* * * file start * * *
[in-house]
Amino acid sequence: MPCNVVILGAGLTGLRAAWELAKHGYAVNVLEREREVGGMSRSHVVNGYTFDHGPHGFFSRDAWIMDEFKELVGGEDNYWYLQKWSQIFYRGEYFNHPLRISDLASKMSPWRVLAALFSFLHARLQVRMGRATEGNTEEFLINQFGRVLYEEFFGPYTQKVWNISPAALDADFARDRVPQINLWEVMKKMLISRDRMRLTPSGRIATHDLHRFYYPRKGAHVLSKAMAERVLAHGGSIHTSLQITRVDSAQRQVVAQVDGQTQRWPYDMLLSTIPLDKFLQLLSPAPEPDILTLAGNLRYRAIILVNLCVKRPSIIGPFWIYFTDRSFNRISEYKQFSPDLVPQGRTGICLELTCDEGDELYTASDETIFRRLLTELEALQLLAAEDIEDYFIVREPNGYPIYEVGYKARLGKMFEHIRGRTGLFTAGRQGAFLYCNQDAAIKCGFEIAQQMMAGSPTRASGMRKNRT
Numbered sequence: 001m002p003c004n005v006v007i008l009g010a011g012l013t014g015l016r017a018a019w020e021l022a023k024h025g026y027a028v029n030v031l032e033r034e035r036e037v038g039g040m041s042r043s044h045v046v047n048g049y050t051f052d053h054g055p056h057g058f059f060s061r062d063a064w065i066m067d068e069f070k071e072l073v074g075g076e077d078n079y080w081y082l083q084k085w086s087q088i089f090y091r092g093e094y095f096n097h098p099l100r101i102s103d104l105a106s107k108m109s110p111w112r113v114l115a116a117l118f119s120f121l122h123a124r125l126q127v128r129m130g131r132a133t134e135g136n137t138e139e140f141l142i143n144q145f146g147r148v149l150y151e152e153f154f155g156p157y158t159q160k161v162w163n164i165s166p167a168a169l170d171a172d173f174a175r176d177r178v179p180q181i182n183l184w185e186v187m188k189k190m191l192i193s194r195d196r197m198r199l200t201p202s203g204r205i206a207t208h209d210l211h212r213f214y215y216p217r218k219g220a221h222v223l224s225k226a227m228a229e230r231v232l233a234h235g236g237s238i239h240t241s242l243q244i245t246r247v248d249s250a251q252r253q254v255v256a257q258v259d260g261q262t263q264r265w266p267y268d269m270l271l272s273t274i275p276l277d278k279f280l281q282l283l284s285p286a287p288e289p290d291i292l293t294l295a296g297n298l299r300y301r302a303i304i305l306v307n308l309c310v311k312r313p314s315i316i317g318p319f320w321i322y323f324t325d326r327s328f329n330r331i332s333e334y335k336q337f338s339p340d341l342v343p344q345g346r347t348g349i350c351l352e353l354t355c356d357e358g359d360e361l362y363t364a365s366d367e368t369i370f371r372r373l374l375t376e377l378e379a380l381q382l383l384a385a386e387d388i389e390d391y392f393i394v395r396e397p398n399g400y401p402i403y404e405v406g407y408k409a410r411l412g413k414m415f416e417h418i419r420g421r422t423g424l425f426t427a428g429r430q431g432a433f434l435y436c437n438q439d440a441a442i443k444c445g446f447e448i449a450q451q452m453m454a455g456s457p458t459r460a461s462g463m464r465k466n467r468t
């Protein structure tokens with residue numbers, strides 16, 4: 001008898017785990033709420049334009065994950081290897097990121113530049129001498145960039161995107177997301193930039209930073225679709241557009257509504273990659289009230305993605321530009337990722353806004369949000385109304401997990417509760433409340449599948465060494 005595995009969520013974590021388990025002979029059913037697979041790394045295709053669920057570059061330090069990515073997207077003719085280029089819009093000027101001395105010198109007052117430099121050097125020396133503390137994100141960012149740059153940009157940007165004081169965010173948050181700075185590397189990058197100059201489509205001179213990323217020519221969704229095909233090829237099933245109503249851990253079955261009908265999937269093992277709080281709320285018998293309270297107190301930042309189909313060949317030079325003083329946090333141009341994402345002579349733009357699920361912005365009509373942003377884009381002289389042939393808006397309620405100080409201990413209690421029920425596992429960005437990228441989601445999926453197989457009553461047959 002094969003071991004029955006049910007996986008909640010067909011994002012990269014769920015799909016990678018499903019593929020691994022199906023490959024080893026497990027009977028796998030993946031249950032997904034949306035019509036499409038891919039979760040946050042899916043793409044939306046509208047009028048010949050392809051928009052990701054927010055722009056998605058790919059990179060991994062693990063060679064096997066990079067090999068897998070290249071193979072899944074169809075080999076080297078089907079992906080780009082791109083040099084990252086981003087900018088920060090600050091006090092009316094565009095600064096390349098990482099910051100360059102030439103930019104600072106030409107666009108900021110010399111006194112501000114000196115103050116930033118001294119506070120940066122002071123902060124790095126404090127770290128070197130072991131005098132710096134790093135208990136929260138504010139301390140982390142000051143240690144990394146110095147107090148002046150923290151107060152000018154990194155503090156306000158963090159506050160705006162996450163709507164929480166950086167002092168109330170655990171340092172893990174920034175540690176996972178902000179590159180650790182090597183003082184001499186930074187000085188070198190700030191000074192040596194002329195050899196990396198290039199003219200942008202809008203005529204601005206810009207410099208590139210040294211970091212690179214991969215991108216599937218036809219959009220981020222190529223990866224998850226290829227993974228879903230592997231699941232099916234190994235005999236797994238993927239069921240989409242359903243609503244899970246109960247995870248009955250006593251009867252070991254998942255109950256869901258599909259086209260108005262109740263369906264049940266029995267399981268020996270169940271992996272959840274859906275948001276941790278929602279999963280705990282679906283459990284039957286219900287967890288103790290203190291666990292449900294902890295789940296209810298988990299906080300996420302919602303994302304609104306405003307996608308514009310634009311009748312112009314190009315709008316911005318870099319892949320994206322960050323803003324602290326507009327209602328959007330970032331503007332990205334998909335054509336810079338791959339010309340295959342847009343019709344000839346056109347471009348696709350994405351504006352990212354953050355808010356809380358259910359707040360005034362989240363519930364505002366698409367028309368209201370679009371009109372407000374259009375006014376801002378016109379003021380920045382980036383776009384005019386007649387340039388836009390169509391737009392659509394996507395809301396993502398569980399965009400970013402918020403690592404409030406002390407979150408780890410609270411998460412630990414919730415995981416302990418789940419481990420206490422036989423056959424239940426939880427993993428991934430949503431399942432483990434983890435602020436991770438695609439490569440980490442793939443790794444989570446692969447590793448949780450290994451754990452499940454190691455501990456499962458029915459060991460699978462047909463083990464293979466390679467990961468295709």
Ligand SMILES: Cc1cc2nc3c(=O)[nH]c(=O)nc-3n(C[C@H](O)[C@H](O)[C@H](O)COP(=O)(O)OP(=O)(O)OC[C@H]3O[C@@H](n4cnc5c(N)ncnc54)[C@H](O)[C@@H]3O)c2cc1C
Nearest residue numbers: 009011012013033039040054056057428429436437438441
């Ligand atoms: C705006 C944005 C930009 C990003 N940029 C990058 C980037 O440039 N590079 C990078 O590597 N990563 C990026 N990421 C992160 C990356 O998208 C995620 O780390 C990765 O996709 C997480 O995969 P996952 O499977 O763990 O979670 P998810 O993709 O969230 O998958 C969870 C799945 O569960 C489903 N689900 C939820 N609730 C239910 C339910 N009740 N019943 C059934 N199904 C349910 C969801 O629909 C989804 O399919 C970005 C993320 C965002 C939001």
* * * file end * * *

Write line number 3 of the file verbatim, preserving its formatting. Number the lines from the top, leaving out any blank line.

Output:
Numbered sequence: 001m002p003c004n005v006v007i008l009g010a011g012l013t014g015l016r017a018a019w020e021l022a023k024h025g026y027a028v029n030v031l032e033r034e035r036e037v038g039g040m041s042r043s044h045v046v047n048g049y050t051f052d053h054g055p056h057g058f059f060s061r062d063a064w065i066m067d068e069f070k071e072l073v074g075g076e077d078n079y080w081y082l083q084k085w086s087q088i089f090y091r092g093e094y095f096n097h098p099l100r101i102s103d104l105a106s107k108m109s110p111w112r113v114l115a116a117l118f119s120f121l122h123a124r125l126q127v128r129m130g131r132a133t134e135g136n137t138e139e140f141l142i143n144q145f146g147r148v149l150y151e152e153f154f155g156p157y158t159q160k161v162w163n164i165s166p167a168a169l170d171a172d173f174a175r176d177r178v179p180q181i182n183l184w185e186v187m188k189k190m191l192i193s194r195d196r197m198r199l200t201p202s203g204r205i206a207t208h209d210l211h212r213f214y215y216p217r218k219g220a221h222v223l224s225k226a227m228a229e230r231v232l233a234h235g236g237s238i239h240t241s242l243q244i245t246r247v248d249s250a251q252r253q254v255v256a257q258v259d260g261q262t263q264r265w266p267y268d269m270l271l272s273t274i275p276l277d278k279f280l281q282l283l284s285p286a287p288e289p290d291i292l293t294l295a296g297n298l299r300y301r302a303i304i305l306v307n308l309c310v311k312r313p314s315i316i317g318p319f320w321i322y323f324t325d326r327s328f329n330r331i332s333e334y335k336q337f338s339p340d341l342v343p344q345g346r347t348g349i350c351l352e353l354t355c356d357e358g359d360e361l362y363t364a365s366d367e368t369i370f371r372r373l374l375t376e377l378e379a380l381q382l383l384a385a386e387d388i389e390d391y392f393i394v395r396e397p398n399g400y401p402i403y404e405v406g407y408k409a410r411l412g413k414m415f416e417h418i419r420g421r422t423g424l425f426t427a428g429r430q431g432a433f434l435y436c437n438q439d440a441a442i443k444c445g446f447e448i449a450q451q452m453m454a455g456s457p458t459r460a461s462g463m464r465k466n467r468t